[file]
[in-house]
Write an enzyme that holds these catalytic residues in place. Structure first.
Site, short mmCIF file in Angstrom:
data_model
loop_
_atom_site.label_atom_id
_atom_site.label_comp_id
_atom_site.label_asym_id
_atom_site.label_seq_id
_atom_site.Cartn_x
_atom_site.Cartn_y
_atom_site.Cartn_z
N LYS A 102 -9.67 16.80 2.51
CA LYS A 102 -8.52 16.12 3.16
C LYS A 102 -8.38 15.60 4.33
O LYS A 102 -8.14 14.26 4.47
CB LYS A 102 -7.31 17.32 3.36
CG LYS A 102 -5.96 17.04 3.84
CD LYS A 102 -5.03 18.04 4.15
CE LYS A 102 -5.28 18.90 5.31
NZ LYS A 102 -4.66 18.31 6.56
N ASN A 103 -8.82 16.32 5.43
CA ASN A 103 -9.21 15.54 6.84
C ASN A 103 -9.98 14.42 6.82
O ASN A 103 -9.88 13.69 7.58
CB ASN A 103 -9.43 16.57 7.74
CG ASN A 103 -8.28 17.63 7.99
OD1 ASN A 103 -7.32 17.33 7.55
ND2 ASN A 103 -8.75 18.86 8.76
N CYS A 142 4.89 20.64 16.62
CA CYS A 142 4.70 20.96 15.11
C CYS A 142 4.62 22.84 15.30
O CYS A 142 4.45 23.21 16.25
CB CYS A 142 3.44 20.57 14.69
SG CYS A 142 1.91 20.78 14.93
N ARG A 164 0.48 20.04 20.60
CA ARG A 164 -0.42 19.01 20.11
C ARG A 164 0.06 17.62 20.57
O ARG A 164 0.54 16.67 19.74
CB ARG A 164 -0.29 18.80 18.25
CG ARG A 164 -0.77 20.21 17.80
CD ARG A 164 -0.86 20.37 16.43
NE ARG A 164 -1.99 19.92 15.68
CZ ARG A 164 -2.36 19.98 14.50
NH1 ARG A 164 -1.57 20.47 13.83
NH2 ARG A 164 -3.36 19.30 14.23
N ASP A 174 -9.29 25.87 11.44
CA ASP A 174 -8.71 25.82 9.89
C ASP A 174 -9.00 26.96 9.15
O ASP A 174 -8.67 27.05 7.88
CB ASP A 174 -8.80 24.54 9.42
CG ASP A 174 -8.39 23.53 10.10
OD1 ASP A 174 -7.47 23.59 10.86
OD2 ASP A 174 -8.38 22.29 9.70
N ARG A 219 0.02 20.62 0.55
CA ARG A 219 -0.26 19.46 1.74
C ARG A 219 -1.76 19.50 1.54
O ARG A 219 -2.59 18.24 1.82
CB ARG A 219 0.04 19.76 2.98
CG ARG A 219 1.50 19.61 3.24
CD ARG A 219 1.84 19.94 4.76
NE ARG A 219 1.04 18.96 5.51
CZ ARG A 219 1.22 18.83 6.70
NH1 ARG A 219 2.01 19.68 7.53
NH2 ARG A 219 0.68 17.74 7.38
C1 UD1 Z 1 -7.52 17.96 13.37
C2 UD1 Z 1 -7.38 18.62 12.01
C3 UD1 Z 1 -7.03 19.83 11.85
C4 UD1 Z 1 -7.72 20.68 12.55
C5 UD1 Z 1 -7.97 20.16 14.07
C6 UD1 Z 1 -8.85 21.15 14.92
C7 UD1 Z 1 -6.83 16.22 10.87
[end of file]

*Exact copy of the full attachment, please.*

[in-house]
Write an enzyme that holds these catalytic residues in place. Structure first.
Site, short mmCIF file in Angstrom:
data_model
loop_
_atom_site.label_atom_id
_atom_site.label_comp_id
_atom_site.label_asym_id
_atom_site.label_seq_id
_atom_site.Cartn_x
_atom_site.Cartn_y
_atom_site.Cartn_z
N LYS A 102 -9.67 16.80 2.51
CA LYS A 102 -8.52 16.12 3.16
C LYS A 102 -8.38 15.60 4.33
O LYS A 102 -8.14 14.26 4.47
CB LYS A 102 -7.31 17.32 3.36
CG LYS A 102 -5.96 17.04 3.84
CD LYS A 102 -5.03 18.04 4.15
CE LYS A 102 -5.28 18.90 5.31
NZ LYS A 102 -4.66 18.31 6.56
N ASN A 103 -8.82 16.32 5.43
CA ASN A 103 -9.21 15.54 6.84
C ASN A 103 -9.98 14.42 6.82
O ASN A 103 -9.88 13.69 7.58
CB ASN A 103 -9.43 16.57 7.74
CG ASN A 103 -8.28 17.63 7.99
OD1 ASN A 103 -7.32 17.33 7.55
ND2 ASN A 103 -8.75 18.86 8.76
N CYS A 142 4.89 20.64 16.62
CA CYS A 142 4.70 20.96 15.11
C CYS A 142 4.62 22.84 15.30
O CYS A 142 4.45 23.21 16.25
CB CYS A 142 3.44 20.57 14.69
SG CYS A 142 1.91 20.78 14.93
N ARG A 164 0.48 20.04 20.60
CA ARG A 164 -0.42 19.01 20.11
C ARG A 164 0.06 17.62 20.57
O ARG A 164 0.54 16.67 19.74
CB ARG A 164 -0.29 18.80 18.25
CG ARG A 164 -0.77 20.21 17.80
CD ARG A 164 -0.86 20.37 16.43
NE ARG A 164 -1.99 19.92 15.68
CZ ARG A 164 -2.36 19.98 14.50
NH1 ARG A 164 -1.57 20.47 13.83
NH2 ARG A 164 -3.36 19.30 14.23
N ASP A 174 -9.29 25.87 11.44
CA ASP A 174 -8.71 25.82 9.89
C ASP A 174 -9.00 26.96 9.15
O ASP A 174 -8.67 27.05 7.88
CB ASP A 174 -8.80 24.54 9.42
CG ASP A 174 -8.39 23.53 10.10
OD1 ASP A 174 -7.47 23.59 10.86
OD2 ASP A 174 -8.38 22.29 9.70
N ARG A 219 0.02 20.62 0.55
CA ARG A 219 -0.26 19.46 1.74
C ARG A 219 -1.76 19.50 1.54
O ARG A 219 -2.59 18.24 1.82
CB ARG A 219 0.04 19.76 2.98
CG ARG A 219 1.50 19.61 3.24
CD ARG A 219 1.84 19.94 4.76
NE ARG A 219 1.04 18.96 5.51
CZ ARG A 219 1.22 18.83 6.70
NH1 ARG A 219 2.01 19.68 7.53
NH2 ARG A 219 0.68 17.74 7.38
C1 UD1 Z 1 -7.52 17.96 13.37
C2 UD1 Z 1 -7.38 18.62 12.01
C3 UD1 Z 1 -7.03 19.83 11.85
C4 UD1 Z 1 -7.72 20.68 12.55
C5 UD1 Z 1 -7.97 20.16 14.07
C6 UD1 Z 1 -8.85 21.15 14.92
C7 UD1 Z 1 -6.83 16.22 10.87